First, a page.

“Timed Release” is a series of intimate image theaters about surviving confinement. Generated from the interplay between projected animations, household objects and their shadows, these video sculptures are inspired by historic and contemporary individuals that have developed a creative refuge in order to endure extreme physical containment. The subjects researched for this project vary widely and include: Terry Anderson–reporter held hostage for seven years in Beirut, Jean-Dominique Bauby–author/editor with “Locked-In Syndrome,” Japanese-American citizens–relocated to internment camps, Nelson Mandela, and others who have transcended the absurd with an internal creative drive that sustained their hope and sanity. Hostages, detainees, prisoners, slaves, people living under dictatorships, and soldiers stuck in trenches have all devised survival strategies in which they concede utter powerlessness while secretly nurturing a spark of creative regeneration.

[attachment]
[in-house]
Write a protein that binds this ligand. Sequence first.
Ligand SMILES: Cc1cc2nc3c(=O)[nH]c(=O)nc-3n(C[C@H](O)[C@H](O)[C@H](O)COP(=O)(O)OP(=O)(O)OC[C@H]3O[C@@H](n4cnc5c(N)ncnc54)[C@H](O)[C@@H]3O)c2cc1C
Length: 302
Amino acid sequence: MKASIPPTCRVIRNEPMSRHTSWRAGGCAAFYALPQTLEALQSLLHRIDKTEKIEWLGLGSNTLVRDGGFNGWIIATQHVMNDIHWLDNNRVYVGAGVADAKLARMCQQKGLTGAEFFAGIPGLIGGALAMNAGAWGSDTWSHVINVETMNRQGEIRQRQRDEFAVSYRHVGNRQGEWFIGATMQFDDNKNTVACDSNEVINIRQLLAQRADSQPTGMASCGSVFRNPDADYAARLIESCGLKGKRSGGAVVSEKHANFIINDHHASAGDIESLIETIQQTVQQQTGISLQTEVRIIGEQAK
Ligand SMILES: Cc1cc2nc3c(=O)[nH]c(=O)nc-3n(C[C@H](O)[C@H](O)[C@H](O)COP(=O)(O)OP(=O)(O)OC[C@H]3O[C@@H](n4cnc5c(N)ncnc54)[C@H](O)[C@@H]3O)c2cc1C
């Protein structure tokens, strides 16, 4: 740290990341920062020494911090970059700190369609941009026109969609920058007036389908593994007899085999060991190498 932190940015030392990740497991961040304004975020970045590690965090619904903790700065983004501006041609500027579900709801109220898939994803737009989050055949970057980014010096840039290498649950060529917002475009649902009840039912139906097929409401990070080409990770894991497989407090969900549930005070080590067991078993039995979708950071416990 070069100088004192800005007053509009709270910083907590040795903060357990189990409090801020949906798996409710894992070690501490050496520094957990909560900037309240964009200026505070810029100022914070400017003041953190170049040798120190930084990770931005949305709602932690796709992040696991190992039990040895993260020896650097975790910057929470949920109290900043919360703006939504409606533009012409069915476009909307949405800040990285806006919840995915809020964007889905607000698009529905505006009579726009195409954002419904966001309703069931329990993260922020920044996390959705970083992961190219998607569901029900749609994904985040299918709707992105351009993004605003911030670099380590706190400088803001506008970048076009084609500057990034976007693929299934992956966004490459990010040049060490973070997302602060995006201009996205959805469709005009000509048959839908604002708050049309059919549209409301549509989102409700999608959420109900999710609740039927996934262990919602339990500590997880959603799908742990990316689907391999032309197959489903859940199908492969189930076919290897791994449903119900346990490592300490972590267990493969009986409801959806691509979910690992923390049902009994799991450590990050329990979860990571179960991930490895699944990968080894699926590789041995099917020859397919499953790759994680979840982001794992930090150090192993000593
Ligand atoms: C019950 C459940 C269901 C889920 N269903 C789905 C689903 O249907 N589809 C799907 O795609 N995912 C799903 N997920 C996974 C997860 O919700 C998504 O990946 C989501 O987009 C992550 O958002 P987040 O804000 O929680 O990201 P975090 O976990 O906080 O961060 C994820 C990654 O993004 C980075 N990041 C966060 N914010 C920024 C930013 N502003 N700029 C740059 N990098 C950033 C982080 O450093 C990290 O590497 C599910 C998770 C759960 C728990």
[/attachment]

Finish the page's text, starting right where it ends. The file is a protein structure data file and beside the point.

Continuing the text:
In each tableau, an everyday object or paper cutout is illuminated by a single video projection, carefully masked, to animate the surface of the object and the wall behind it. As each narrative unfolds, the real shadow of the illuminated object interacts with shadows of non-existent objects in a perturbing vision of unreality. In contrast to a painted or sculpted portrait that is frozen in time, these images coalesce gradually as the viewer reconciles the visual dichotomy of the real and the unreal. It is through this very act of mediation that “Timed Release” draws a parallel between the viewer’s and the captive’s experiences. For the viewer, the experience is one of fluctuating between two perceptions of the same tableau. For the prisoner, the challenge is to balance the coexistence of hopelessness and creativity.